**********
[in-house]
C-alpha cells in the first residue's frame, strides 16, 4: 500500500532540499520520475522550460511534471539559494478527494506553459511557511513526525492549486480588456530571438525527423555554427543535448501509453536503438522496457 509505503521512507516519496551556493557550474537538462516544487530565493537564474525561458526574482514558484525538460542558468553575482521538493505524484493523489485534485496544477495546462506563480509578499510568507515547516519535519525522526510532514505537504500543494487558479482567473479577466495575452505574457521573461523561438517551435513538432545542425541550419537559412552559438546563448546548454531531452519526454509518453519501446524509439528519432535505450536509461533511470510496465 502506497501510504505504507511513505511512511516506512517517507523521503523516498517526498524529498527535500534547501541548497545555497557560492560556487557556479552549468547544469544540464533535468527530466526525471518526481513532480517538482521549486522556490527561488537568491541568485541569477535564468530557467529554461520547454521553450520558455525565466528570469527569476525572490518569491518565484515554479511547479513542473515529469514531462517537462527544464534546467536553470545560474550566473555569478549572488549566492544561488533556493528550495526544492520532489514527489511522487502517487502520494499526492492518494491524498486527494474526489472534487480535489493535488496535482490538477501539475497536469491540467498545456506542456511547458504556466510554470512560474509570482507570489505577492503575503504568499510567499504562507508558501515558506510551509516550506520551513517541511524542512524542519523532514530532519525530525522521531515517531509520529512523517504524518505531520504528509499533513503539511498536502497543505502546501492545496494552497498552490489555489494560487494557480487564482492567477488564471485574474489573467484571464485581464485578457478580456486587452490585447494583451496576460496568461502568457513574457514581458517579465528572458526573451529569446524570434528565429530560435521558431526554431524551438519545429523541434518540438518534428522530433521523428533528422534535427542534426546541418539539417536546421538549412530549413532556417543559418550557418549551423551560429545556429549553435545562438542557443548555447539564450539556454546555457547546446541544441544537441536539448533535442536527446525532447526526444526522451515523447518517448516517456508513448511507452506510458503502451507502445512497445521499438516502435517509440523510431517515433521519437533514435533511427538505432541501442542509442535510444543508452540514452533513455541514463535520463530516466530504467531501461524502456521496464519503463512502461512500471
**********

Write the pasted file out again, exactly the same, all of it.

[in-house]
C-alpha cells in the first residue's frame, strides 16, 4: 500500500532540499520520475522550460511534471539559494478527494506553459511557511513526525492549486480588456530571438525527423555554427543535448501509453536503438522496457 509505503521512507516519496551556493557550474537538462516544487530565493537564474525561458526574482514558484525538460542558468553575482521538493505524484493523489485534485496544477495546462506563480509578499510568507515547516519535519525522526510532514505537504500543494487558479482567473479577466495575452505574457521573461523561438517551435513538432545542425541550419537559412552559438546563448546548454531531452519526454509518453519501446524509439528519432535505450536509461533511470510496465 502506497501510504505504507511513505511512511516506512517517507523521503523516498517526498524529498527535500534547501541548497545555497557560492560556487557556479552549468547544469544540464533535468527530466526525471518526481513532480517538482521549486522556490527561488537568491541568485541569477535564468530557467529554461520547454521553450520558455525565466528570469527569476525572490518569491518565484515554479511547479513542473515529469514531462517537462527544464534546467536553470545560474550566473555569478549572488549566492544561488533556493528550495526544492520532489514527489511522487502517487502520494499526492492518494491524498486527494474526489472534487480535489493535488496535482490538477501539475497536469491540467498545456506542456511547458504556466510554470512560474509570482507570489505577492503575503504568499510567499504562507508558501515558506510551509516550506520551513517541511524542512524542519523532514530532519525530525522521531515517531509520529512523517504524518505531520504528509499533513503539511498536502497543505502546501492545496494552497498552490489555489494560487494557480487564482492567477488564471485574474489573467484571464485581464485578457478580456486587452490585447494583451496576460496568461502568457513574457514581458517579465528572458526573451529569446524570434528565429530560435521558431526554431524551438519545429523541434518540438518534428522530433521523428533528422534535427542534426546541418539539417536546421538549412530549413532556417543559418550557418549551423551560429545556429549553435545562438542557443548555447539564450539556454546555457547546446541544441544537441536539448533535442536527446525532447526526444526522451515523447518517448516517456508513448511507452506510458503502451507502445512497445521499438516502435517509440523510431517515433521519437533514435533511427538505432541501442542509442535510444543508452540514452533513455541514463535520463530516466530504467531501461524502456521496464519503463512502461512500471